While the metaphor may yet prove true, CannTrust only appears to be going up in flames in this reader-submitted cellphone photo from December 2018. Low cloud or fog often makes particularly evident the use of artificial grow lights at the industrial cannabis grow operation in Fenwick. SUPPLIED PHOTO

 

Company receives delisting threat from NYSE

The New York Stock Exchange doesn’t do penny stocks.

The latest twist in CannTrust’s downward spiral was wound last week, when Wall Street issued a threat that the company is en route to being delisted from the world’s largest stock exchange.

The New York Stock Exchange (NYSE) hit CannTrust with a “continued listing” notice on December 10, warning them that their share price had to rise above one dollar US in order to stay listed. The NYSE requires the average closing price of a listed company’s common shares to be at least one dollar per share over a consecutive 30-trading-day period. As of December 9, the 30-day average closing price of the company’s shares was 97 cents (approximately $1.27 Canadian). It closed last week’s session at 84 cents US ($1.11 Canadian).

CannTrust’s share price has dropped as much as 90 percent since last summer, when multiple Health Canada violations at the company’s Fenwick grow operation were uncovered thanks to the actions of a whistleblowing former employee.

In accordance with NYSE rules, CannTrust has six months to regain compliance. During this period, the company’s common shares will continue to be listed and traded. CannTrust can regain compliance at any time during the six-month period if its common shares have a closing price of at least one dollar US on the last trading day of any calendar month during the period, and also have an average closing price of at least one dollar over the 30-day period ending on the last trading day of that month.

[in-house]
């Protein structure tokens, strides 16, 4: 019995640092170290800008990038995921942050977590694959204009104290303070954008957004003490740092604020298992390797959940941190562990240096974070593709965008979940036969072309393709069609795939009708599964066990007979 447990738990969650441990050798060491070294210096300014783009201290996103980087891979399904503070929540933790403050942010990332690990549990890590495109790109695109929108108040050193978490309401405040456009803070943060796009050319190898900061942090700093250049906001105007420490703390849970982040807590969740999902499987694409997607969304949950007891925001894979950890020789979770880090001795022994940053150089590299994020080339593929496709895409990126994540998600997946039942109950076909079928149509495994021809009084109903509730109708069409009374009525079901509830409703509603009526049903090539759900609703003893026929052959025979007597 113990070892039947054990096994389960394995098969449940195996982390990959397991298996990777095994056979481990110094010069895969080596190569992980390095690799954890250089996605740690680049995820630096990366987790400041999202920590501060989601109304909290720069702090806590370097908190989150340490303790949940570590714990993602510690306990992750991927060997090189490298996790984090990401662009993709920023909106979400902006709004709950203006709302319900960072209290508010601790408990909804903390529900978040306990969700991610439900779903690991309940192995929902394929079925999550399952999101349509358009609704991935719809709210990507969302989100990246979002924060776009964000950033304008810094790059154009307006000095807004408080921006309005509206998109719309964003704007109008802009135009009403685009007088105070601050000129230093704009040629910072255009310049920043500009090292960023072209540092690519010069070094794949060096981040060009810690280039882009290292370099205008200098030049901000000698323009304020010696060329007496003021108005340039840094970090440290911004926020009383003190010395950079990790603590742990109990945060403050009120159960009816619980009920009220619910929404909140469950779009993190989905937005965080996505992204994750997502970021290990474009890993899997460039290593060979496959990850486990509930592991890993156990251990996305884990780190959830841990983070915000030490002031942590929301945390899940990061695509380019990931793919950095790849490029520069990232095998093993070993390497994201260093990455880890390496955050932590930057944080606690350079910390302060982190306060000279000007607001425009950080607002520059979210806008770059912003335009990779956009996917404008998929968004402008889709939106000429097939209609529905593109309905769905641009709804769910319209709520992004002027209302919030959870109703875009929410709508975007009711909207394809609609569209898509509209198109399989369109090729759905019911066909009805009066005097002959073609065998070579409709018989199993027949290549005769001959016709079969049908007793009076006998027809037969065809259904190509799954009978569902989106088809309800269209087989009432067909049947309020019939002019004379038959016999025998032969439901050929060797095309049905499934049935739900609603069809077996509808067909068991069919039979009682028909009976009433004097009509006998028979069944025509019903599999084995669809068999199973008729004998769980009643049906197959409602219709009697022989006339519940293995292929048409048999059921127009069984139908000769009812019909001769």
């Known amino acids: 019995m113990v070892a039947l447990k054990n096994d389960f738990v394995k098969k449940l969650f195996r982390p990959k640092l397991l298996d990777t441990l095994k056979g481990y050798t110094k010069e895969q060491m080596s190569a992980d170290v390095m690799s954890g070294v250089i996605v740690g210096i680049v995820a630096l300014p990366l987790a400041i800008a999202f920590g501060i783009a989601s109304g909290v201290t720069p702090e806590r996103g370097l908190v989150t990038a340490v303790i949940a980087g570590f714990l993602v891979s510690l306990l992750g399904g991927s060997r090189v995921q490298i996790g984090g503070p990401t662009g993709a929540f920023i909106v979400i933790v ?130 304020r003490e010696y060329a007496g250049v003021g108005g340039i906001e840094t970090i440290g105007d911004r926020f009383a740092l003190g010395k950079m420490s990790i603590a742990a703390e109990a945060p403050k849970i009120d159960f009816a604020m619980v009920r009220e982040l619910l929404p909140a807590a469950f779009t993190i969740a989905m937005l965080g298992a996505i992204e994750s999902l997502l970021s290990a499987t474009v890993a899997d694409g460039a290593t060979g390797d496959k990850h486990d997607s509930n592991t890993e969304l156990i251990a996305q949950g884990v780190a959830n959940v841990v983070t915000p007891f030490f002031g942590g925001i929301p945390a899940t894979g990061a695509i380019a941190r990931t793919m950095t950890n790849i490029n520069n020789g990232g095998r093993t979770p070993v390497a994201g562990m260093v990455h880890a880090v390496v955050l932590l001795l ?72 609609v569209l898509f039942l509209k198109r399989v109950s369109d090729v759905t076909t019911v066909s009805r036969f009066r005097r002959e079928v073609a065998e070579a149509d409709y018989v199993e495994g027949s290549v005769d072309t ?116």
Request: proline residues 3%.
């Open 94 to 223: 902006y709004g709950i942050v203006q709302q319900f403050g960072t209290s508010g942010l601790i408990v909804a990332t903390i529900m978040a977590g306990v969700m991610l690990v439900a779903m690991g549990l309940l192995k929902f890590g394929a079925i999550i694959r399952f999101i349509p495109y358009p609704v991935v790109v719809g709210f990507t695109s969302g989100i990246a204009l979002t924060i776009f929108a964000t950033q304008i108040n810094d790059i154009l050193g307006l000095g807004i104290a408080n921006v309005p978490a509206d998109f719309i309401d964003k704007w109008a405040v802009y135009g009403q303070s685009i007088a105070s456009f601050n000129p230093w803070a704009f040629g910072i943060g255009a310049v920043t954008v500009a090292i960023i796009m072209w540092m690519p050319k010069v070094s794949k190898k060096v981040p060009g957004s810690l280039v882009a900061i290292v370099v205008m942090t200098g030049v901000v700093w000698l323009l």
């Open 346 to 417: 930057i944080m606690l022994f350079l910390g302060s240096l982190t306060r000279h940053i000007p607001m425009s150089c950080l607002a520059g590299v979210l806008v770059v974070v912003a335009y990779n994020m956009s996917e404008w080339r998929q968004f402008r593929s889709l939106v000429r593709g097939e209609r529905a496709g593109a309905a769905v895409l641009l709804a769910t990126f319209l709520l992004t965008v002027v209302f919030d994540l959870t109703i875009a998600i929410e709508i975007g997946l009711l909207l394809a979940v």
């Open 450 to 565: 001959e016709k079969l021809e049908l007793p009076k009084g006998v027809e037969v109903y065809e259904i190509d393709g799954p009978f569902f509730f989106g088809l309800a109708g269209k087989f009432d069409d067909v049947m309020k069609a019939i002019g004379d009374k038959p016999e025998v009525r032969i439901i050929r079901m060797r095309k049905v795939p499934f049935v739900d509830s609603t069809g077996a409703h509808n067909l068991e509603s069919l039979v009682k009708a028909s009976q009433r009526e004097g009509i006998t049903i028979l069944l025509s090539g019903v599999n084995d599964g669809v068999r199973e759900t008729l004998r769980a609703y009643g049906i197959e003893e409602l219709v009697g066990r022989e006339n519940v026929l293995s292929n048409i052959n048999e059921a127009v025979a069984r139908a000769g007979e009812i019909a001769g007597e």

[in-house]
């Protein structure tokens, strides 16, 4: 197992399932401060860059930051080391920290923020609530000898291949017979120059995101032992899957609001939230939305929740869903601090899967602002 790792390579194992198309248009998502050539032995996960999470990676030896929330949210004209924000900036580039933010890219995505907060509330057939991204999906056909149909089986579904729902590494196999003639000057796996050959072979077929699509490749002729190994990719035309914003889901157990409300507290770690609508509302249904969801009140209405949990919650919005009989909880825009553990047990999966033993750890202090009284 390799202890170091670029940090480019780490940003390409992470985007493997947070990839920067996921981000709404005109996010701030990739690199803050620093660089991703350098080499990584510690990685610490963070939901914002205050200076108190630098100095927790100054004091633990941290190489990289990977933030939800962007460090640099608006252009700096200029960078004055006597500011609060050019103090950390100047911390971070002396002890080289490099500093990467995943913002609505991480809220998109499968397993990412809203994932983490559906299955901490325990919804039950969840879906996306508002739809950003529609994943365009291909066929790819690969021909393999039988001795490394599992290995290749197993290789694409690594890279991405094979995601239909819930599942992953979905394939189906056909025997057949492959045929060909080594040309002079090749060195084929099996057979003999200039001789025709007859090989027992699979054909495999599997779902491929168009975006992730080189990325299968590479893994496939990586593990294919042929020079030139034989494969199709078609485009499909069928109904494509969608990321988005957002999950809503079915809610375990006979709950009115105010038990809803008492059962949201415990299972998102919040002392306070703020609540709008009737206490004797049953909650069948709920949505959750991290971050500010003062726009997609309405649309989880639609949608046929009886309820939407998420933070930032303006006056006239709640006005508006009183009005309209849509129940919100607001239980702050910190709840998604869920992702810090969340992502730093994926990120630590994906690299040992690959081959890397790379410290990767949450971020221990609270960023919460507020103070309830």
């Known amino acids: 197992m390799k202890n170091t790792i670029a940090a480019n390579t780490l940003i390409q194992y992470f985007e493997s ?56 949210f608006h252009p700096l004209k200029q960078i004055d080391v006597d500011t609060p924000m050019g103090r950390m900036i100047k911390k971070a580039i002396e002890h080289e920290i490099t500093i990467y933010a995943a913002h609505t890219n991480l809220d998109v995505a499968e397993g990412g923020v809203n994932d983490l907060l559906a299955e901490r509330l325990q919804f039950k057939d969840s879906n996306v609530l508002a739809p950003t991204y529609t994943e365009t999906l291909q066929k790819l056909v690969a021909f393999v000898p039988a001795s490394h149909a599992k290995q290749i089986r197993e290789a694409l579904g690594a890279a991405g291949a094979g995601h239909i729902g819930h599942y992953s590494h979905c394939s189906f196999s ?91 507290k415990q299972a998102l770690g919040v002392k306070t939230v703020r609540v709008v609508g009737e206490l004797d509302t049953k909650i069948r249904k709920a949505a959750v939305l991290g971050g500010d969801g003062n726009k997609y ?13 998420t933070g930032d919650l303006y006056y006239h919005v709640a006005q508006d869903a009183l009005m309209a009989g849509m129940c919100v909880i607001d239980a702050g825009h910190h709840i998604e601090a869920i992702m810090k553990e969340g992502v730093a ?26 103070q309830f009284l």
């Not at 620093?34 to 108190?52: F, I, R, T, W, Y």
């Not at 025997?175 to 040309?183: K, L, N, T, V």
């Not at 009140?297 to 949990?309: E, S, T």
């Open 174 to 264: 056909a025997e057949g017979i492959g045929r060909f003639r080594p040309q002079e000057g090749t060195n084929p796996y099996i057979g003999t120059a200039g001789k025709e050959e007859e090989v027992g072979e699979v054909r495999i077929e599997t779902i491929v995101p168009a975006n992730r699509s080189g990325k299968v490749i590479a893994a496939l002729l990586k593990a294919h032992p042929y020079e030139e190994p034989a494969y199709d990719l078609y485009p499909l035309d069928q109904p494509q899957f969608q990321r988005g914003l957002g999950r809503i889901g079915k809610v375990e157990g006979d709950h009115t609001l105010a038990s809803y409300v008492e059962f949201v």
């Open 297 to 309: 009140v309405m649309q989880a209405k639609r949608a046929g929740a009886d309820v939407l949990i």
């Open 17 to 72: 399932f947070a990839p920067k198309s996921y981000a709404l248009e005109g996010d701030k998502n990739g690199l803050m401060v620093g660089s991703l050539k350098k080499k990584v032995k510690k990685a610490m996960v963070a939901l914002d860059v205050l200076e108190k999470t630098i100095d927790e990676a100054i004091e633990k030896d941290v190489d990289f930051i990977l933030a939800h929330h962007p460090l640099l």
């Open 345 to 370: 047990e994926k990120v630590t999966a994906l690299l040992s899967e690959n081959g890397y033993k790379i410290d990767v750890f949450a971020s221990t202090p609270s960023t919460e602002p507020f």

Whether this is likely is anyone’s guess. In addition to plummeting investor confidence, little to no revenue is coming into the company, given that its cannabis sales licence is suspended. The company was forced to destroy a staggering $77 million Canadian of inventory that was grown illegally, mostly at the Fenwick site. In order to cut costs, CannTrust has also laid off approximately 40 percent of its staff since September, including dozens of lost jobs in Pelham. Those cutbacks did not prompt a meaningful rebound in the company’s share price.

According to one Bay Street analyst the Voice spoke with not for attribution, outside of a buyout one possibility for CannTrust could be a reverse stock split—in which a troubled company consolidates the number of existing shares of stock into fewer, proportionally more valuable shares. Such an action, however, would be subject to a complex series of regulatory approvals.